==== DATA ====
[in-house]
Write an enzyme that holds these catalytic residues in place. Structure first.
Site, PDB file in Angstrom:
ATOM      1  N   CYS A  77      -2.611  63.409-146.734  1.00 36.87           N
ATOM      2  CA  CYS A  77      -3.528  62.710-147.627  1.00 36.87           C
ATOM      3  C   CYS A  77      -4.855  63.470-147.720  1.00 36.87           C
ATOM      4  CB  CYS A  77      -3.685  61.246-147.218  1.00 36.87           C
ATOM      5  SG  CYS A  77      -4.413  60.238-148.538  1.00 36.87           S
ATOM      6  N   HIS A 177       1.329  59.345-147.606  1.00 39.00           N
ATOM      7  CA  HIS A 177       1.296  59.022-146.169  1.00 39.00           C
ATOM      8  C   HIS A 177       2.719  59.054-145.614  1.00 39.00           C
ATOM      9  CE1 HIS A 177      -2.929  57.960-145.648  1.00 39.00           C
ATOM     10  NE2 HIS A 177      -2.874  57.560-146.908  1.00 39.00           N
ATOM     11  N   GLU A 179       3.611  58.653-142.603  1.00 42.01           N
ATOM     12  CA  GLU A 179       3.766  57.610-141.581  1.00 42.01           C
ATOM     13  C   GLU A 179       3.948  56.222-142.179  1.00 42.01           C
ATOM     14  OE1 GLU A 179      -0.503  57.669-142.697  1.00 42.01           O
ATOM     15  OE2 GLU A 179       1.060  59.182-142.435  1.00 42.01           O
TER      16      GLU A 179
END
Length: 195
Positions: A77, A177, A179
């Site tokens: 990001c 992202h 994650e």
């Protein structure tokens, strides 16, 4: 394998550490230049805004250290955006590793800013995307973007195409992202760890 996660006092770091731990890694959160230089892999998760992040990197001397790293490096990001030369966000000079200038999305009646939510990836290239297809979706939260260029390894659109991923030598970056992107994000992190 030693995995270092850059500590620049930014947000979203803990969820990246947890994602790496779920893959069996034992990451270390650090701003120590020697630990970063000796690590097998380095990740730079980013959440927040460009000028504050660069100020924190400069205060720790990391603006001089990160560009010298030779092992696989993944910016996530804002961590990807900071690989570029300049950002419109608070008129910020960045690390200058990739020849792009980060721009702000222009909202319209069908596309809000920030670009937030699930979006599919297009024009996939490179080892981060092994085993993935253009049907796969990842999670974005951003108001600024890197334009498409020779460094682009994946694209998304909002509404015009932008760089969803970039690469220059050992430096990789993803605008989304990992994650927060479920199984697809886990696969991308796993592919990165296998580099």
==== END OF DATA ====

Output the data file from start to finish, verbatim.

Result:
[in-house]
Write an enzyme that holds these catalytic residues in place. Structure first.
Site, PDB file in Angstrom:
ATOM      1  N   CYS A  77      -2.611  63.409-146.734  1.00 36.87           N
ATOM      2  CA  CYS A  77      -3.528  62.710-147.627  1.00 36.87           C
ATOM      3  C   CYS A  77      -4.855  63.470-147.720  1.00 36.87           C
ATOM      4  CB  CYS A  77      -3.685  61.246-147.218  1.00 36.87           C
ATOM      5  SG  CYS A  77      -4.413  60.238-148.538  1.00 36.87           S
ATOM      6  N   HIS A 177       1.329  59.345-147.606  1.00 39.00           N
ATOM      7  CA  HIS A 177       1.296  59.022-146.169  1.00 39.00           C
ATOM      8  C   HIS A 177       2.719  59.054-145.614  1.00 39.00           C
ATOM      9  CE1 HIS A 177      -2.929  57.960-145.648  1.00 39.00           C
ATOM     10  NE2 HIS A 177      -2.874  57.560-146.908  1.00 39.00           N
ATOM     11  N   GLU A 179       3.611  58.653-142.603  1.00 42.01           N
ATOM     12  CA  GLU A 179       3.766  57.610-141.581  1.00 42.01           C
ATOM     13  C   GLU A 179       3.948  56.222-142.179  1.00 42.01           C
ATOM     14  OE1 GLU A 179      -0.503  57.669-142.697  1.00 42.01           O
ATOM     15  OE2 GLU A 179       1.060  59.182-142.435  1.00 42.01           O
TER      16      GLU A 179
END
Length: 195
Positions: A77, A177, A179
């Site tokens: 990001c 992202h 994650e």
């Protein structure tokens, strides 16, 4: 394998550490230049805004250290955006590793800013995307973007195409992202760890 996660006092770091731990890694959160230089892999998760992040990197001397790293490096990001030369966000000079200038999305009646939510990836290239297809979706939260260029390894659109991923030598970056992107994000992190 030693995995270092850059500590620049930014947000979203803990969820990246947890994602790496779920893959069996034992990451270390650090701003120590020697630990970063000796690590097998380095990740730079980013959440927040460009000028504050660069100020924190400069205060720790990391603006001089990160560009010298030779092992696989993944910016996530804002961590990807900071690989570029300049950002419109608070008129910020960045690390200058990739020849792009980060721009702000222009909202319209069908596309809000920030670009937030699930979006599919297009024009996939490179080892981060092994085993993935253009049907796969990842999670974005951003108001600024890197334009498409020779460094682009994946694209998304909002509404015009932008760089969803970039690469220059050992430096990789993803605008989304990992994650927060479920199984697809886990696969991308796993592919990165296998580099």